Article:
two wings, the right sacred to Mi-
nerva and the left to Juno. The
magnificence and richness of this
temple are almost incredible. It
was burned in the time of Sulla, who
rebuilt it. After being destroyed
several times it was raised for the
last time by Domitian, who made it
more grand and magnificent than
had any of his predecessors.

10. per . . . fflios : Eutropius
occasionally substitutes per with the
Accusative for the Ablative or Da-
tive of agent ; cf. per eum multa a
consulibus prospere yesta sunt, Bk.
IV, 10.

11. regis eius : apposition with
A nci.

cm : cf. hide sitccesmt, Ch. 4.

Ch. 7. 12. Servius Tullius: the
legend of Servius Tullius is as fol-
lows : Ocrisia, his mother, was one
of the captives taken at Corniculum,
and became a slave of Tanaquil, the
wife of Tarquinius Priscus. Servius
was born and reared at the palace
of the king. As Tanaquil by her
power of divination had foreseen
the greatness of the child, she per-
suaded Tarquinius to give his daugh-
ter to Servius in marriage. At the
death of Tarquinius, by the aid of
Tanaquil, Servius became firmly
fixed in the royal power. The
great deeds of Servius were deeds
of peace, and he was regarded by
posterity as the author of all their
civil rights and institutions. Three
important events are assigned to him.
He reformed the constitution of the
state. He extended the boundary



[Pages 9, 10

of the city and surrounded it with a
wall. He established an important
alliance by which Rome and the
Latin cities became members of one
great league.

genitus : lit. ' bom ' = • the son.'
13. quoque : as well as Tar-
quinius Priscus. Quoque must not
be confounded with quoque, the Ab-
lative of the pronoun quisque.

15. fossas circum milium : por-
tions of the Servian wall still

16. censum : the number of Ro-
man citizens was ascertained every
five years, though not always with
perfect regularity, for the assess-
ment of taxes and the arrange-
ment of military service. Originally
the kings took the census. After the
establishment of the republic the
duty was performed by the consuls.
After 444 B.C., special officers, called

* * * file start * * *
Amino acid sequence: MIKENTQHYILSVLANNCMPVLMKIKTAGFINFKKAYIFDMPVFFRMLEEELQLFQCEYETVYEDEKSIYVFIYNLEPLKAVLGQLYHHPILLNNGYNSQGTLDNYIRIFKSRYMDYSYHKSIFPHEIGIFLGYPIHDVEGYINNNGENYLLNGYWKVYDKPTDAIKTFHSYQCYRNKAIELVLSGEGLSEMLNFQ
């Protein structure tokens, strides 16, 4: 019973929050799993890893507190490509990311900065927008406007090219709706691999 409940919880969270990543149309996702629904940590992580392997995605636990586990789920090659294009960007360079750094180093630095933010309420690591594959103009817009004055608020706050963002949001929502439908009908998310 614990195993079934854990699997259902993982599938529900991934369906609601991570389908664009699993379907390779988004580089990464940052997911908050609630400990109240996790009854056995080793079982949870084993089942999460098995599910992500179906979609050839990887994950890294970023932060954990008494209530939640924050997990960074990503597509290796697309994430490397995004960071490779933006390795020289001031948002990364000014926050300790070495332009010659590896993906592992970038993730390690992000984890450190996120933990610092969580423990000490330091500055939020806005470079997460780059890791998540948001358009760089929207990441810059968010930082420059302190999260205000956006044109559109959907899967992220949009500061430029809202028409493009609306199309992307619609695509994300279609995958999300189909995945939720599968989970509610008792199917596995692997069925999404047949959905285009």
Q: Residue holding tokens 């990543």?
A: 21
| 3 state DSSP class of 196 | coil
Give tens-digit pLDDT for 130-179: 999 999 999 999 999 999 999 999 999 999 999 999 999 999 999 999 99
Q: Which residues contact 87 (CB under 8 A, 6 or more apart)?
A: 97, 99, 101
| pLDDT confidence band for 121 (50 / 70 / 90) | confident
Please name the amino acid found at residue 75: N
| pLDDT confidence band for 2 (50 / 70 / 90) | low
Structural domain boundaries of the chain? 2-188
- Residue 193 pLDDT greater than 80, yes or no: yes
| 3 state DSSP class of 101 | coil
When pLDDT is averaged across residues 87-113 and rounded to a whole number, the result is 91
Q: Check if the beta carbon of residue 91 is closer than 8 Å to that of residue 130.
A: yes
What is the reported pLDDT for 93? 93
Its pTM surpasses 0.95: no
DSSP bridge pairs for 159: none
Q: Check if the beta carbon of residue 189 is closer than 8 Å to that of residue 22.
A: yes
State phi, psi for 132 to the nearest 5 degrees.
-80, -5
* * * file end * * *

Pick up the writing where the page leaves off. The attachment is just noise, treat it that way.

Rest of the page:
censors, had charge of it. The cen-
sus was concluded with the solemn
ceremony of reviewing the newly
constituted army, called a lustrum.

orbem terrarum : lit. ' the circle
of lands ' = ' the world.'

18. capita : ' souls ' ; cf. our ex-
pression ' head of cattle. '

19. in agris : others than inhabi-
tants of Rome possessed Roman citi-

21. uxorem : ' as his wife.'
Ch. 8. 22. L. Tarquinius Su-
perbus : L. Tarquinius, called Su-
perbus, ' the Overbearing,' from his
haughty manner and conduct, com-
menced his reign without any of the
forms of election. One of his first

acts was to abolish the rights that
Servius Tullius had conferred upon
the plebeians. All the senators
whom he mistrusted and all whose
wealth he coveted he put to death
or banished. He surrounded him-
self with a bodyguard, by means
of which he was enabled to do what
he liked. After several successful
campaigns his tyranny caused the
people to depose him and drive him
from the city.

23. euntibus ; lit. ' for those go-
ing ' = ' as you go.'

24. Gabios : • the city Gabii ' ;
the name of the town, though plu-
ral, is in apposition with civitdtem.

Page 10. 1- Capitolio : here the
Capitoline Hill.

2. oppiignans : ' while besieging
the city ' ; a clause with cum or dum
would have been more usual.

4. eius : antecedent is L. Tar-

et ipse Tarquinius iunior : ' also
a Tarquin (but) younger ' — ' who
was also called Tarquinius ' ; his
praenomen was Sextus.

5. Luci etiam : for the interest-
ing story of Lucretia, see The Story
of the Romans, p. 62.

eandemque : ' who was also ' ;
H. 508, 8 (451, 3) ; M. 446, 1 ; A. &
G. 195, e ; G. 310 ; B. 248.

6. stuprasset : ' had offered vio-
lence to.' Stuprasset for stuprd cis-
set, cf. regndsset, Ch. 4.

7. questa fuisset : for questa es-
set. Eutropius generally uses essem,
etc., in the Pluperfect Passive Sub-
junctive. For other exceptions see

Pages 10, 11]



Bk. II, 9, 22. He ordinarily uses
fucram, etc., for eram in the Plu-
perfect Passive Indicative.

8. parens et ipse : ' a relative
likewise,' i.e. as well as Collatinus.
He was the son of Marcus Iunius
and Tarquinia, the second daughter
of Tarquinius Superbus. He was
called 'Brutus,' i.e. 'the Stupid,'
on account of the mental imbecility
he feigned to deceive Tarquinius.
Parens, ' relative,' a late meaning.

10. eum : refers to the king.

qui : antecedent is exercitus.

13. regnatum est : lit. ' it was
ruled ' = ' the dynasty lasted.'

14. annis : Eutropius and some
other post-classical writers use the
Ablative of Time within which for
the Accusative of Duration of Time.
The Ablative makes prominent the
limits that mark the time.

15. ubi plurimum: lit. 'where
most ' = ' at the most,' at the place